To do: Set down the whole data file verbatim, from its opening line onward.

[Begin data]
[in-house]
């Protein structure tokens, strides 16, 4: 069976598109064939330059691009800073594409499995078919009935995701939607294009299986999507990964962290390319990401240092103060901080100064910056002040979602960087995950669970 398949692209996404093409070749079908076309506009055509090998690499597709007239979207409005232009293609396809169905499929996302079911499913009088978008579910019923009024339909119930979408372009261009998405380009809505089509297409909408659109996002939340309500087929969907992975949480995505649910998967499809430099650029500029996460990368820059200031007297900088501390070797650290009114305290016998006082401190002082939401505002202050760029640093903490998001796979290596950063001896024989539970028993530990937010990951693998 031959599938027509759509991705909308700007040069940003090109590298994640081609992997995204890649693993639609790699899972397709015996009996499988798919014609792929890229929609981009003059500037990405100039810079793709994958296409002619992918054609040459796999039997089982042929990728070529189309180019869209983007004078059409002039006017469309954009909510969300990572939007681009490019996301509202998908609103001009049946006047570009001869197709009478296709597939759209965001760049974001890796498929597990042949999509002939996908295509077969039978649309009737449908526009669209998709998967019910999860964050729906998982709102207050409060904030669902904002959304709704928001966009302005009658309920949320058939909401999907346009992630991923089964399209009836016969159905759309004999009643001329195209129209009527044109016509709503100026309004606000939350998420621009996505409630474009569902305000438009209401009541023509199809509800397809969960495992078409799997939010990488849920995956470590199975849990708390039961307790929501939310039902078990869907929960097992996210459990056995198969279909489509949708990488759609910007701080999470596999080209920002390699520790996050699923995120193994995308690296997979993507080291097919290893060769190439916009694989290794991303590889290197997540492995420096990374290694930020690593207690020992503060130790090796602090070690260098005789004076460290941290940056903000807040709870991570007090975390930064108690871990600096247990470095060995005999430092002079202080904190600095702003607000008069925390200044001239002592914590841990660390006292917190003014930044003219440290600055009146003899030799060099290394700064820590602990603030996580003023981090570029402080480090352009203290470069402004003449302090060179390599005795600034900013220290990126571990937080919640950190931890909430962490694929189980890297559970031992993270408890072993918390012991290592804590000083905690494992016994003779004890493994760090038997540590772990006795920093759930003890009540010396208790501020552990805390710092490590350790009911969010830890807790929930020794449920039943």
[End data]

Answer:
[in-house]
């Protein structure tokens, strides 16, 4: 069976598109064939330059691009800073594409499995078919009935995701939607294009299986999507990964962290390319990401240092103060901080100064910056002040979602960087995950669970 398949692209996404093409070749079908076309506009055509090998690499597709007239979207409005232009293609396809169905499929996302079911499913009088978008579910019923009024339909119930979408372009261009998405380009809505089509297409909408659109996002939340309500087929969907992975949480995505649910998967499809430099650029500029996460990368820059200031007297900088501390070797650290009114305290016998006082401190002082939401505002202050760029640093903490998001796979290596950063001896024989539970028993530990937010990951693998 031959599938027509759509991705909308700007040069940003090109590298994640081609992997995204890649693993639609790699899972397709015996009996499988798919014609792929890229929609981009003059500037990405100039810079793709994958296409002619992918054609040459796999039997089982042929990728070529189309180019869209983007004078059409002039006017469309954009909510969300990572939007681009490019996301509202998908609103001009049946006047570009001869197709009478296709597939759209965001760049974001890796498929597990042949999509002939996908295509077969039978649309009737449908526009669209998709998967019910999860964050729906998982709102207050409060904030669902904002959304709704928001966009302005009658309920949320058939909401999907346009992630991923089964399209009836016969159905759309004999009643001329195209129209009527044109016509709503100026309004606000939350998420621009996505409630474009569902305000438009209401009541023509199809509800397809969960495992078409799997939010990488849920995956470590199975849990708390039961307790929501939310039902078990869907929960097992996210459990056995198969279909489509949708990488759609910007701080999470596999080209920002390699520790996050699923995120193994995308690296997979993507080291097919290893060769190439916009694989290794991303590889290197997540492995420096990374290694930020690593207690020992503060130790090796602090070690260098005789004076460290941290940056903000807040709870991570007090975390930064108690871990600096247990470095060995005999430092002079202080904190600095702003607000008069925390200044001239002592914590841990660390006292917190003014930044003219440290600055009146003899030799060099290394700064820590602990603030996580003023981090570029402080480090352009203290470069402004003449302090060179390599005795600034900013220290990126571990937080919640950190931890909430962490694929189980890297559970031992993270408890072993918390012991290592804590000083905690494992016994003779004890493994760090038997540590772990006795920093759930003890009540010396208790501020552990805390710092490590350790009911969010830890807790929930020794449920039943």